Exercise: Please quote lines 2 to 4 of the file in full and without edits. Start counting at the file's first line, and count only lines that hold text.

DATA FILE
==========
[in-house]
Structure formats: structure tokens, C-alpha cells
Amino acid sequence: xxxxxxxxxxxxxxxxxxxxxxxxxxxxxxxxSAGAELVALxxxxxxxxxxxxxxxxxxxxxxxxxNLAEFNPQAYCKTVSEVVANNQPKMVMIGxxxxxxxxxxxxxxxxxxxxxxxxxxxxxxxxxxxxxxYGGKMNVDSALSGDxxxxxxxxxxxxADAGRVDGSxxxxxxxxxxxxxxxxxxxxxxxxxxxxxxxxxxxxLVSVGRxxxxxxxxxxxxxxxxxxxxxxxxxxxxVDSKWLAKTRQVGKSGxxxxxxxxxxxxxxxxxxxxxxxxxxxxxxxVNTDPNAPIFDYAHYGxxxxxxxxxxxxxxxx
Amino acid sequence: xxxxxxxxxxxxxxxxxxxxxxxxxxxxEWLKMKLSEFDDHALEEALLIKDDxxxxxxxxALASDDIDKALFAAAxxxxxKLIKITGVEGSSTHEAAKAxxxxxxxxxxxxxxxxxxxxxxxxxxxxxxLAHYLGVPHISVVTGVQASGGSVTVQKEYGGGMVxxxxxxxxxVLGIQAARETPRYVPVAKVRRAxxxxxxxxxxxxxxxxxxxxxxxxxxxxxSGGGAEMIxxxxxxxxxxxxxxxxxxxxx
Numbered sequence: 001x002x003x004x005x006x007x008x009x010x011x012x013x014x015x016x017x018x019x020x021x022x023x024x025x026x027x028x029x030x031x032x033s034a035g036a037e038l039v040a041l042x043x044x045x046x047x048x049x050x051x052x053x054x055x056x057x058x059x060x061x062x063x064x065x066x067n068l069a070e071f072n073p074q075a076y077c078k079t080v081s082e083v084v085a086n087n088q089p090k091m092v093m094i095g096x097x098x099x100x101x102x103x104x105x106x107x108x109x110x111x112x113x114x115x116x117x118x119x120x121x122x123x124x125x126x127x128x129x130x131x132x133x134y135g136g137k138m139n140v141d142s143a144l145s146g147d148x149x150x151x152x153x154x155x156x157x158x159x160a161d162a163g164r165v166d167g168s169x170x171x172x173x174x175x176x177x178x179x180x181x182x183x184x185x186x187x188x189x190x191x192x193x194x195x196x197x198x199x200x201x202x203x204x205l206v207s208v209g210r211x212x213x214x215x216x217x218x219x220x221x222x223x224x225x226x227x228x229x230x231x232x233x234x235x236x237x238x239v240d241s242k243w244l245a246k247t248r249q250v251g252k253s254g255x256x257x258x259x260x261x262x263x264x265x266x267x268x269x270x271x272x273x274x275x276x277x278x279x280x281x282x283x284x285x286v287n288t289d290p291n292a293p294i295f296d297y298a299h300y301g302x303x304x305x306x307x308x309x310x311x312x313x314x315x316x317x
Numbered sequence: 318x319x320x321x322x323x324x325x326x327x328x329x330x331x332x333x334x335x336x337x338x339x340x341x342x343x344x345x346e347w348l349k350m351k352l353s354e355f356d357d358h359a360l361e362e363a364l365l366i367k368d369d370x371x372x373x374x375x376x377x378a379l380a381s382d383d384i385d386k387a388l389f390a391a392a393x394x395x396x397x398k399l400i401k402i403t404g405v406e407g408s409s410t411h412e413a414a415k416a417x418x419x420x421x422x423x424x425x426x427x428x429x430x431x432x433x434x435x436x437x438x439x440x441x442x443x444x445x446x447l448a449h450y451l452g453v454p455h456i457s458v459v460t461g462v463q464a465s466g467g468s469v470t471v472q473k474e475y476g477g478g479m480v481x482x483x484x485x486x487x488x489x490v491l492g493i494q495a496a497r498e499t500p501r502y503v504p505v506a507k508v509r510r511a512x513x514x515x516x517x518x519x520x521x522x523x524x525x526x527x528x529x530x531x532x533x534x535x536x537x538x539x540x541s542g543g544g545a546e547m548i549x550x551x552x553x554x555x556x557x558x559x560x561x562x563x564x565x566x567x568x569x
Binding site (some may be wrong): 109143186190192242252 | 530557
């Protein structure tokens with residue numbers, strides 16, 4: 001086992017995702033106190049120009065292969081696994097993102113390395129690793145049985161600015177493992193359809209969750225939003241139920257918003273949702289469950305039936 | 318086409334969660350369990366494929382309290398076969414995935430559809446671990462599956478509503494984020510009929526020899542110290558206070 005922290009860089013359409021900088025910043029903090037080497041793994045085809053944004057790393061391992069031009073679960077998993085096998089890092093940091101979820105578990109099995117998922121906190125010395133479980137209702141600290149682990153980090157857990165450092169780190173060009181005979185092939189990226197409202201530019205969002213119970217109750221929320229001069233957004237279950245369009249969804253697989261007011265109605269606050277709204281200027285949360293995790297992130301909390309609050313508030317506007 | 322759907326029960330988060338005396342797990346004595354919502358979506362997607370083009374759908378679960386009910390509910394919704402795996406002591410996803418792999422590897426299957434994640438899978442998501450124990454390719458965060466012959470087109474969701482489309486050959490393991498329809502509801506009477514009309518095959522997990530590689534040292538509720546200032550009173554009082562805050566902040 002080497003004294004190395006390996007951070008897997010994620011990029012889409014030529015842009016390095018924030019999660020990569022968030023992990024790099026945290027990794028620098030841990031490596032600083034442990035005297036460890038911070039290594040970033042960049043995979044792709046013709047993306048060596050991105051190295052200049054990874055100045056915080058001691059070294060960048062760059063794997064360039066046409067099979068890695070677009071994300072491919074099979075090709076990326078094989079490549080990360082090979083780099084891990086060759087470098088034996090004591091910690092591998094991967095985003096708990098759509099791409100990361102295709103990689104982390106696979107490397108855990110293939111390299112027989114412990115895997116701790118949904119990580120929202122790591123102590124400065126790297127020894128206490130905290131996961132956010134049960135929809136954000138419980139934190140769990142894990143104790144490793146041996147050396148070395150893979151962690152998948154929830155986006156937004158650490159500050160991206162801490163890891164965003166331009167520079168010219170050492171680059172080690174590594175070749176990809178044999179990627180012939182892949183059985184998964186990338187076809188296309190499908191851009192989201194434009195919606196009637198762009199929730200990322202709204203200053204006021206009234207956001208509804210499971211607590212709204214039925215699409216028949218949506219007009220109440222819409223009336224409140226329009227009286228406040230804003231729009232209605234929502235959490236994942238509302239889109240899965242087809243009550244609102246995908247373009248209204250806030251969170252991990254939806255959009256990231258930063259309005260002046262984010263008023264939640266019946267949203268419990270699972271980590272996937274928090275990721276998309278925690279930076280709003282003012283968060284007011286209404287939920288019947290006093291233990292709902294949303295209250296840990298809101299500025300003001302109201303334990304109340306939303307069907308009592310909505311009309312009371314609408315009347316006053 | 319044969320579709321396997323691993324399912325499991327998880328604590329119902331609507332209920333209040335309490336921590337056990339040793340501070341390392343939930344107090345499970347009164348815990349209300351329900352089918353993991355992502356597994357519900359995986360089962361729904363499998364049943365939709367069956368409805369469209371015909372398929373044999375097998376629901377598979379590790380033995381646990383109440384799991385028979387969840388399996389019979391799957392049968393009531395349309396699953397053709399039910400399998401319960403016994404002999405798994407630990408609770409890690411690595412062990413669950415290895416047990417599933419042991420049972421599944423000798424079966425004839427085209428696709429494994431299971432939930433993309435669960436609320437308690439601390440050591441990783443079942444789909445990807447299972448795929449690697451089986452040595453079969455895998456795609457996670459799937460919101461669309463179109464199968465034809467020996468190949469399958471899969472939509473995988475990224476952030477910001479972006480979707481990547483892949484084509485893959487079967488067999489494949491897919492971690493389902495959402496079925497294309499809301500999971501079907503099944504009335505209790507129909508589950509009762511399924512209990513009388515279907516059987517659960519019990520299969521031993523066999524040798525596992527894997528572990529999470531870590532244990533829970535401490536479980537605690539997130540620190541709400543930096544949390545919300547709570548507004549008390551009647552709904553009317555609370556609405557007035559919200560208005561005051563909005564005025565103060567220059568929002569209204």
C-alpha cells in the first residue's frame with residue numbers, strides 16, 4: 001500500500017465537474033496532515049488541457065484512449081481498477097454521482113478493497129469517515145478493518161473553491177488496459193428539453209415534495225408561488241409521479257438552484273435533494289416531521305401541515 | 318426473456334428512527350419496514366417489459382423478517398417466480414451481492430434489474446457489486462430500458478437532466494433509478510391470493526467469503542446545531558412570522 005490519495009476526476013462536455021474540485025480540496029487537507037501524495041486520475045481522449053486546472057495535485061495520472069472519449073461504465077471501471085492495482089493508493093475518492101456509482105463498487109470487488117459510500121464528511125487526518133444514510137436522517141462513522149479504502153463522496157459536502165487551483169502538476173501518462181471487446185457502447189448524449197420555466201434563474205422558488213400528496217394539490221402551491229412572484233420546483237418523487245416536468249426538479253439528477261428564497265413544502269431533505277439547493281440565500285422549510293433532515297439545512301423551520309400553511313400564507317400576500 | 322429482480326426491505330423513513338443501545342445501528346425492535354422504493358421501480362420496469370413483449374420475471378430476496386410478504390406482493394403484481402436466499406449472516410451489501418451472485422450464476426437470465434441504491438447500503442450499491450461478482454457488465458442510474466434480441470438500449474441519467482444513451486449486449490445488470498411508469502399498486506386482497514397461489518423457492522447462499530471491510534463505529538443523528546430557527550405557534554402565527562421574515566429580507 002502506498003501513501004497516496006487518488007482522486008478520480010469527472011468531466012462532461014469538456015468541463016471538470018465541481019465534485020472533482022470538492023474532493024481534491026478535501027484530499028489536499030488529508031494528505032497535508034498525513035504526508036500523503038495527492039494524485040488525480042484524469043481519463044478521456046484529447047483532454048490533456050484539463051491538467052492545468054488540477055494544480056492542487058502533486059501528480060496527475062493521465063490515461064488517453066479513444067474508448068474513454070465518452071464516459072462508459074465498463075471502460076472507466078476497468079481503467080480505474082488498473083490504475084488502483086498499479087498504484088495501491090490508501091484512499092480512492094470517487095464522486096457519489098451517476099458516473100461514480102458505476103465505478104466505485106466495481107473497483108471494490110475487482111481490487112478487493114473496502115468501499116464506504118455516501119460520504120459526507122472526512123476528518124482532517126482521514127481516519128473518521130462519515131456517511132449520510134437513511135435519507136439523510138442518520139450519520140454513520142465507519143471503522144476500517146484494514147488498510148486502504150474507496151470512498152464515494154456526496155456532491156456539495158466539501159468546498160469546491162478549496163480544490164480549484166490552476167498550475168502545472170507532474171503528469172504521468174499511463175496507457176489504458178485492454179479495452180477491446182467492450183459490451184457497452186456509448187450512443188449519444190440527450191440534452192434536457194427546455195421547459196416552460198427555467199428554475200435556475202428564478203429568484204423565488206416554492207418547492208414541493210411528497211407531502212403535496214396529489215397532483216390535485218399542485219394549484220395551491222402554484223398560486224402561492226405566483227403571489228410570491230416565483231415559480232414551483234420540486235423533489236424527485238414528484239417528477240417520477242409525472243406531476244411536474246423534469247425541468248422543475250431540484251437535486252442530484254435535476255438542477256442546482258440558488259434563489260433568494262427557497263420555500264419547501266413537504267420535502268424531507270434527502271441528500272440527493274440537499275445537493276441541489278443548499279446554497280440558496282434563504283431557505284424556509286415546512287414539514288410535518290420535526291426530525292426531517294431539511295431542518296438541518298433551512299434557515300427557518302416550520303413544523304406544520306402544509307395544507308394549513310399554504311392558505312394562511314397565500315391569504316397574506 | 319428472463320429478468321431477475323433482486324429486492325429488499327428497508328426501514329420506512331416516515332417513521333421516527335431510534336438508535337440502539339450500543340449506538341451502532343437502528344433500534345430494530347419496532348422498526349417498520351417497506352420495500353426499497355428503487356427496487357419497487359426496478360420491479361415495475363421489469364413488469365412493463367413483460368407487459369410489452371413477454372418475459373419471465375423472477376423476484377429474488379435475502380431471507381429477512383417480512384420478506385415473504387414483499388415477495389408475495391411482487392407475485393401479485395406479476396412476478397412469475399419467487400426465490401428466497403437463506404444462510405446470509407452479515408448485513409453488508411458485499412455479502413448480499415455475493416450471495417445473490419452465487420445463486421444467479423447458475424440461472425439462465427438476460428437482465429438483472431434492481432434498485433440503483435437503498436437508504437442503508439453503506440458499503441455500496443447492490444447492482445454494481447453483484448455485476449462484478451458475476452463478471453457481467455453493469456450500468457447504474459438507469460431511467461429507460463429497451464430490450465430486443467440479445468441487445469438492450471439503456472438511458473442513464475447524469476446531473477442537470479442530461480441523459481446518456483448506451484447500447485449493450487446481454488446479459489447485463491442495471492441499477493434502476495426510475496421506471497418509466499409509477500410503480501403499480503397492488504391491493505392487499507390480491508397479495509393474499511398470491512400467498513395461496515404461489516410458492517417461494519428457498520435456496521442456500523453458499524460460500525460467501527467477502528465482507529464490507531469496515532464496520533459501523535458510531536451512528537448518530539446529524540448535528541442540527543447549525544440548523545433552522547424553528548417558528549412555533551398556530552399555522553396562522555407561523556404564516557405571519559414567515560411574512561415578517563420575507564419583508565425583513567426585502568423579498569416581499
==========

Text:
Structure formats: structure tokens, C-alpha cells
Amino acid sequence: xxxxxxxxxxxxxxxxxxxxxxxxxxxxxxxxSAGAELVALxxxxxxxxxxxxxxxxxxxxxxxxxNLAEFNPQAYCKTVSEVVANNQPKMVMIGxxxxxxxxxxxxxxxxxxxxxxxxxxxxxxxxxxxxxxYGGKMNVDSALSGDxxxxxxxxxxxxADAGRVDGSxxxxxxxxxxxxxxxxxxxxxxxxxxxxxxxxxxxxLVSVGRxxxxxxxxxxxxxxxxxxxxxxxxxxxxVDSKWLAKTRQVGKSGxxxxxxxxxxxxxxxxxxxxxxxxxxxxxxxVNTDPNAPIFDYAHYGxxxxxxxxxxxxxxxx
Amino acid sequence: xxxxxxxxxxxxxxxxxxxxxxxxxxxxEWLKMKLSEFDDHALEEALLIKDDxxxxxxxxALASDDIDKALFAAAxxxxxKLIKITGVEGSSTHEAAKAxxxxxxxxxxxxxxxxxxxxxxxxxxxxxxLAHYLGVPHISVVTGVQASGGSVTVQKEYGGGMVxxxxxxxxxVLGIQAARETPRYVPVAKVRRAxxxxxxxxxxxxxxxxxxxxxxxxxxxxxSGGGAEMIxxxxxxxxxxxxxxxxxxxxx